The expression of Gli1 mRNA was analyzed using RT-PCR in a series of human primary GBMs. After normalized to the GAPDH expression as endogenous control, the Gli1 mRNA expression was measured. As a result, a subset of them, 7 out of 12 samples (58%) displayed higher levels of Gli1, while the rest 5 of the 12 GBMs were considered with low Gli1 activity, which was consistent with our previous study. The 12 GBMs were then divided into Gli1 high expression group and low expression group (Figure 1).
Relative Gli1 expression in glioblastoma tissues( each plot represent one tissue ).(Click on the image to enlarge.)
Previous studies have showed that Hh signaling pathway is highly related to the tumor genesis and proliferation. PTCH1 and SMO mutation were thought to be the likely mechanism in a set of tumors, including MB (medulloblastoma), BBC [14, 18], but its role remains unclear in GBMs. Recent studies have revealed that miRNAs are crucial post-transcriptional regulators of gene expression and control of cell differentiation and proliferation. More and more miRNAs were found to be related to the genesis and proliferation of GBMs . However, little is known about their targeting of Hh signaling pathway in GBMs.
To investigate whether the expression of miRNAs varies with the functional status of Hh signaling pathway in GBMs, we carried out a microarray analysis using a microarray chip able to examine the global expression levels of 1891 probe miRNAs. Each probe has four repeat spots on the microarray. By this method, we analyzed 10 cases of primary GBM specimens, 5 cases for each group. Following assay optimization, the expression of miRNAs in GBM samples was compared between Gli1 high expression and low expression groups. Seventeen miRNAs were differentially expressed between the two groups (p < 0.005, the fold change cutoff value is 1.5). Thirteen miRNAs including miR-125b-1 were found down-regulated in GLI1 high-expression tumors, and miR-125b-1 showed the highest fold change of 1.7 to 2.5. Only 4 miRNAs including miR-144 were up-regulated, among them miR-144 is the upmost differentially expressed miRNA with 2.3 fold change. (see Figure 2, Figure 3 and Table 1)
Though the microRNA microarray has its own internal control, RT-PCR of miRNAs were carried out to test the validity of the miRNA array results. Real time RT-PCR demonstrated that miR-144 expression was up-regulated in Gli1 high GBMs, and miR-125b-1 was down-regulated. The result was consistent with that of miRNA microarray.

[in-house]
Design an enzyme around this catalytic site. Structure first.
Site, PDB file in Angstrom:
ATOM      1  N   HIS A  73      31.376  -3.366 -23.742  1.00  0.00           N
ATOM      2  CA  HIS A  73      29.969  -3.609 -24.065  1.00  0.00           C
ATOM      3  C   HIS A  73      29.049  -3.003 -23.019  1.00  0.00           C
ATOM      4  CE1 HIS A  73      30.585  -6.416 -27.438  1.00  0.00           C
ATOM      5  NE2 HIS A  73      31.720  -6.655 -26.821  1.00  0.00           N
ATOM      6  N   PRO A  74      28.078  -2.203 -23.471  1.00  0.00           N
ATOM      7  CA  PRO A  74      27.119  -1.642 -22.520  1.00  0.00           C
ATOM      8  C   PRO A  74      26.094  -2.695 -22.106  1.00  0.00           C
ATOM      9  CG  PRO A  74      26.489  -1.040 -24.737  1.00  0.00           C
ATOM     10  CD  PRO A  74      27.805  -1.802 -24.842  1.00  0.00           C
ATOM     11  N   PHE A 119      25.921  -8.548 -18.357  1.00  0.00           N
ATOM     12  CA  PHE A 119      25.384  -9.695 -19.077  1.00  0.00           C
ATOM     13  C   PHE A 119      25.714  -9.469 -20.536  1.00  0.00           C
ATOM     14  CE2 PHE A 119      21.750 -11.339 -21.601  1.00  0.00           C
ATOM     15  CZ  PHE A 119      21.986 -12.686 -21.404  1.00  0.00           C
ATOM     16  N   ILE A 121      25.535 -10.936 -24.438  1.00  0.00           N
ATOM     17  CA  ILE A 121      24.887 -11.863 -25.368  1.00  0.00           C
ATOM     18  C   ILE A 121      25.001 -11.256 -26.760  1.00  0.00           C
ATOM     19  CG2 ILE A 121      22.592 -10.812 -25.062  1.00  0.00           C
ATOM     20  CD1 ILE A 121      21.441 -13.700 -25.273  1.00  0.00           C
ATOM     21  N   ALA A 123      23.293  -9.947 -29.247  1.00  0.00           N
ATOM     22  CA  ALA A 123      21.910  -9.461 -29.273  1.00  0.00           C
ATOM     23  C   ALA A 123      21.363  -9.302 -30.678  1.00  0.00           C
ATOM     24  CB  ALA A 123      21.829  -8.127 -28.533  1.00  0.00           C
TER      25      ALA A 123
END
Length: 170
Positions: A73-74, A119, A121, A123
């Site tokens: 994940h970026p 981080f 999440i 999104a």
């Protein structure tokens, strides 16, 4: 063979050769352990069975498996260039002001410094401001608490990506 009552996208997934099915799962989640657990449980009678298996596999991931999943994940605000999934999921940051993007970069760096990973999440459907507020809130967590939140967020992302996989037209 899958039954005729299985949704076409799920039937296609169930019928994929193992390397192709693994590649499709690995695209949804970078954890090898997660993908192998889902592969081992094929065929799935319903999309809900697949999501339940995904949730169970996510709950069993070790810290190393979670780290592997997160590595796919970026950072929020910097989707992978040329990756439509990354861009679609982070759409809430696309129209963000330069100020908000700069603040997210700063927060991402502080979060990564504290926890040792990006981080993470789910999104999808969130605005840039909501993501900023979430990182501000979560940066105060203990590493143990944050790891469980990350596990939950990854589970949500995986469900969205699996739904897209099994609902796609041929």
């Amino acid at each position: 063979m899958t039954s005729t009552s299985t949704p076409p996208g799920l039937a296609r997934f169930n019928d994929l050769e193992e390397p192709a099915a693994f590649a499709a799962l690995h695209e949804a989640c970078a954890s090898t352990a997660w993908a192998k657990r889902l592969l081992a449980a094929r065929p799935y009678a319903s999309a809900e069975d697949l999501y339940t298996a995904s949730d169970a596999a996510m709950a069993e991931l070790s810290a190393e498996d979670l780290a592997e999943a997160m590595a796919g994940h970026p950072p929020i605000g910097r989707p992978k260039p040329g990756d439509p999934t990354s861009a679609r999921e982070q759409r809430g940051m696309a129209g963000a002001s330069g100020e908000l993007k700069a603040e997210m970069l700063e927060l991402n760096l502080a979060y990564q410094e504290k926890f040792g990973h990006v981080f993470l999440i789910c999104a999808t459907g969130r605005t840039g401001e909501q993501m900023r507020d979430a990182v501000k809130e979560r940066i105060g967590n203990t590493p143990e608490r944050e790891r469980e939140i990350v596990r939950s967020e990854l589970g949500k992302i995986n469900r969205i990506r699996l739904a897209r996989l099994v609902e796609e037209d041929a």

Next, we investigated whether these miRNAs mediated regulation of Hh pathway also leads to regulation in cell proliferation. We first transfected the ectopic expression of miR-125b-1 and miR-144 into A172 glioma cells. Notably, we observed that ectopic expression of miR-144 led to an increase of viable cell numbers in A172 glioma cell, while ectopic expression of miR-125b-1 showed a slight decrease effect only at the 96h time point (Figure 4A). Western blot was performed 48h after the transfection, to test the Gli1 expression. There was no significant difference between Gli1 expression before and 48h after miR-125b-1 mimic transfection, consistent with the result of viable cell numbers at the 48h time point, suggesting that the miR-125b-1 effect in A172 glioma cells might not be dominant. However, overexpression of miR-144 led to an increase of Gli1 expression (Figure 3B). As the expression of miR-125b-1 and miR-144 were regulated in human glioblastomas together with different levels of Hh signaling, we hypothesized that these miRNAs may be responsible for the the regulation of Hh activity and the consequent cell proliferation.
List of miRNAs differential expression of miRNAs in Gli1 high versus Gli1 low GBMs.
Heat map clustering of differential expression of miRNAs in Gli1 high versus Gli1 low GBMs. (Red indicates high relative expression, and green indicates low relative expression).(Click on the image to enlarge.)
Differential expression of miRNAs in Gli1 high versus Gli1 low GBMs which passed Volcano Plot. (Fold change 1.5, p<0.005) (the Red spots represents the target miRNAs).(Click on the image to enlarge.)
Ectopic overexpression of miR-125b-1 and miR-144 in A172 glioma cells. A. Relative viable cell numbers in A172 cells after transfection with miR-125b-1 or miR-144 or miRNA mimic negative control(ctr). B. Western blot analysis of Gli1 (upper panel) or ß-actin (bottom panel) protein levels in A172 cells 48 h after transfection with miR-125b-1 or miR-144 or compared with scrambled control (ctr).(Click on the image to enlarge.)